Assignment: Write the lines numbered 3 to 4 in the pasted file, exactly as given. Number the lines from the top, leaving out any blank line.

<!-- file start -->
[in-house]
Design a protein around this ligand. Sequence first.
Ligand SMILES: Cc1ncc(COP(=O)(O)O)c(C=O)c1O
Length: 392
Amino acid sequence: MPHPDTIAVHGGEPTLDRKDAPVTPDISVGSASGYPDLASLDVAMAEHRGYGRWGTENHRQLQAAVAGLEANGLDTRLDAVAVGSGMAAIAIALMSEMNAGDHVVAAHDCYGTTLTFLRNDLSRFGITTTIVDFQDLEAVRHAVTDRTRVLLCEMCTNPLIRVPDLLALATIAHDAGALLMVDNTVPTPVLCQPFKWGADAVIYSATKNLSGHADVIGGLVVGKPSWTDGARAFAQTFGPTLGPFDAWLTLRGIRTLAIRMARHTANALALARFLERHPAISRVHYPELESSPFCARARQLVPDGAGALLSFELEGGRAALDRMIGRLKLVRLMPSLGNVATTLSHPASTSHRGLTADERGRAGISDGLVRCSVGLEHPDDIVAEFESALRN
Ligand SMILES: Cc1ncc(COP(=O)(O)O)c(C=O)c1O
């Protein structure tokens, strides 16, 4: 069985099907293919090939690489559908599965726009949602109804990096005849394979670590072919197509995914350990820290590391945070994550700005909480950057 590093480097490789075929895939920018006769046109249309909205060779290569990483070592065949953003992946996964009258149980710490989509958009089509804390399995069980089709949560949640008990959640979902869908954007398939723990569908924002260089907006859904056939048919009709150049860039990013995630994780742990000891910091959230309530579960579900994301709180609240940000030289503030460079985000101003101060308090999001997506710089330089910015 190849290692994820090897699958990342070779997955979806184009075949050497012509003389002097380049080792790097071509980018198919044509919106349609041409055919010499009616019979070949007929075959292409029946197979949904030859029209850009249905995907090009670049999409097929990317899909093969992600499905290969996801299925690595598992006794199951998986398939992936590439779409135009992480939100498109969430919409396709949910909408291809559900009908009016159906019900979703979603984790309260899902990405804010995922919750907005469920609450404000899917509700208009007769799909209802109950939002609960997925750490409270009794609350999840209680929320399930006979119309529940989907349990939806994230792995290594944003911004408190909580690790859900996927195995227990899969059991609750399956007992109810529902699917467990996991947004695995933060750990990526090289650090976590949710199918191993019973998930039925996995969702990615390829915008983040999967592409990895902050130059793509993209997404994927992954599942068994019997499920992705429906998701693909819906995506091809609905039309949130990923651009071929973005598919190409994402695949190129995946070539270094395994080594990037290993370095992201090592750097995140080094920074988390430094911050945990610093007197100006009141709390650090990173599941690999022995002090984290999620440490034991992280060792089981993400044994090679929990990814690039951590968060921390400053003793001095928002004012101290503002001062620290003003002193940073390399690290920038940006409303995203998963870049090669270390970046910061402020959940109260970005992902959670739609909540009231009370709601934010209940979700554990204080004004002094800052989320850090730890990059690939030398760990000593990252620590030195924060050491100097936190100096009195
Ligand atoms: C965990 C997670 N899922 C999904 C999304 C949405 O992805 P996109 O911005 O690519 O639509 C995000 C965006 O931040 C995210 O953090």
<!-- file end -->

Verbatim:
Ligand SMILES: Cc1ncc(COP(=O)(O)O)c(C=O)c1O
Length: 392